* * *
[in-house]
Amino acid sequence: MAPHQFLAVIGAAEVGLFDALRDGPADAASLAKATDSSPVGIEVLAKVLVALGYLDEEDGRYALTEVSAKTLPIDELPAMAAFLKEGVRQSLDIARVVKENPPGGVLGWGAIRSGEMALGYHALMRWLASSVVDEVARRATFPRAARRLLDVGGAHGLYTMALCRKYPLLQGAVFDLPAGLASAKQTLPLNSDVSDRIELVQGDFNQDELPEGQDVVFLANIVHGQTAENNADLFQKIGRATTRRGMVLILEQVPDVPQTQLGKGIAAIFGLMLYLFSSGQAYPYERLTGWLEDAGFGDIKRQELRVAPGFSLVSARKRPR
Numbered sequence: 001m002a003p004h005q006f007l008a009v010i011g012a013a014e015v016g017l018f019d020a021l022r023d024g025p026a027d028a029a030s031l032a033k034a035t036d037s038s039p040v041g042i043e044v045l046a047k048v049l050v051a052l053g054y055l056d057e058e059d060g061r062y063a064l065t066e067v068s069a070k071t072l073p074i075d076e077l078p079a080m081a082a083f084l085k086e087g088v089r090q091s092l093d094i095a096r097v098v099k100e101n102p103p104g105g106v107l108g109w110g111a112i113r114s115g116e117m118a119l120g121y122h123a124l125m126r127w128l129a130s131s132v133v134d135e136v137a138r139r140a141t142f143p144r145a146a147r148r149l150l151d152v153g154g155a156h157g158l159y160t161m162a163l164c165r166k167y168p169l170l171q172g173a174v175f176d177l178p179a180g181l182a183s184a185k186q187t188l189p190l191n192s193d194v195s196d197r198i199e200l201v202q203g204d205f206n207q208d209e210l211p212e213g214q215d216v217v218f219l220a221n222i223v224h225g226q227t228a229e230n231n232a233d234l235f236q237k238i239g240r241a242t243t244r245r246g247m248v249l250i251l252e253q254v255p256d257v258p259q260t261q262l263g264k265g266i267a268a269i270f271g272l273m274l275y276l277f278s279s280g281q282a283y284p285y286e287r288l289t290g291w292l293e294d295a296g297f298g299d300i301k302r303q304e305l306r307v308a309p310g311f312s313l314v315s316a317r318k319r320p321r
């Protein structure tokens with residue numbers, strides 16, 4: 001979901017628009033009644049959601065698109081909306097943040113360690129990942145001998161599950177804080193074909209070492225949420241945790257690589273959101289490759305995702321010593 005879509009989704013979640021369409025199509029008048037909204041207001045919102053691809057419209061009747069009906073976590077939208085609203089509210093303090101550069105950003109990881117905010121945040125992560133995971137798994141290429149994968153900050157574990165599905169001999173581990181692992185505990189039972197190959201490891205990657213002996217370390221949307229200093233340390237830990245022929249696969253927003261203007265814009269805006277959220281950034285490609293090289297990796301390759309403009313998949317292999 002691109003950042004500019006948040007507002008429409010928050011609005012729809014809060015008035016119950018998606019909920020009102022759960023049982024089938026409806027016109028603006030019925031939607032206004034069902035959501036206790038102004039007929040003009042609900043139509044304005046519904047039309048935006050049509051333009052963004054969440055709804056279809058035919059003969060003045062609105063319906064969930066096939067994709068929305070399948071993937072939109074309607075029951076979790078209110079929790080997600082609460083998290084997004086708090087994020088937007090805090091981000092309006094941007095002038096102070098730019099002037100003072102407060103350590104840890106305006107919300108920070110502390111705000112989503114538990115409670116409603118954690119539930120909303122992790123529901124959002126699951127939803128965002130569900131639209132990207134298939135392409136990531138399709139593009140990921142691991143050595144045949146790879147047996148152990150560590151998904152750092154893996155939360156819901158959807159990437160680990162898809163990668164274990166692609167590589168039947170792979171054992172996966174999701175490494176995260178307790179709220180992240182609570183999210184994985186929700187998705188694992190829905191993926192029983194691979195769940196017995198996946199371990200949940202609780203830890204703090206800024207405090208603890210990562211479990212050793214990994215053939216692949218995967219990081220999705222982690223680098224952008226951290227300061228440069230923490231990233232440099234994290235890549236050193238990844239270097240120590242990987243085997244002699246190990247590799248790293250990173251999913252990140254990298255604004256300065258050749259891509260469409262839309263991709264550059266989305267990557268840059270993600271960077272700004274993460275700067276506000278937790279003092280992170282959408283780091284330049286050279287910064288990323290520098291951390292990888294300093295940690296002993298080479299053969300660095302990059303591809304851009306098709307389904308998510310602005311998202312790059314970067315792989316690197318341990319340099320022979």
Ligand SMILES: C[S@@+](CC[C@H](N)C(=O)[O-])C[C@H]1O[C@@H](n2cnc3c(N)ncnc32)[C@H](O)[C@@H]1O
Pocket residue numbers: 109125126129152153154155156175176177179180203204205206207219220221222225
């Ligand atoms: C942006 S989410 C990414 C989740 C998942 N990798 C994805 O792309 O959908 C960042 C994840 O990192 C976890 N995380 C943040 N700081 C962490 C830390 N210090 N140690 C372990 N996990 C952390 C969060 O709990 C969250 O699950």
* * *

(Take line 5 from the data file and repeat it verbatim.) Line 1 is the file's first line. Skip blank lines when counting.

Ligand SMILES: C[S@@+](CC[C@H](N)C(=O)[O-])C[C@H]1O[C@@H](n2cnc3c(N)ncnc32)[C@H](O)[C@@H]1O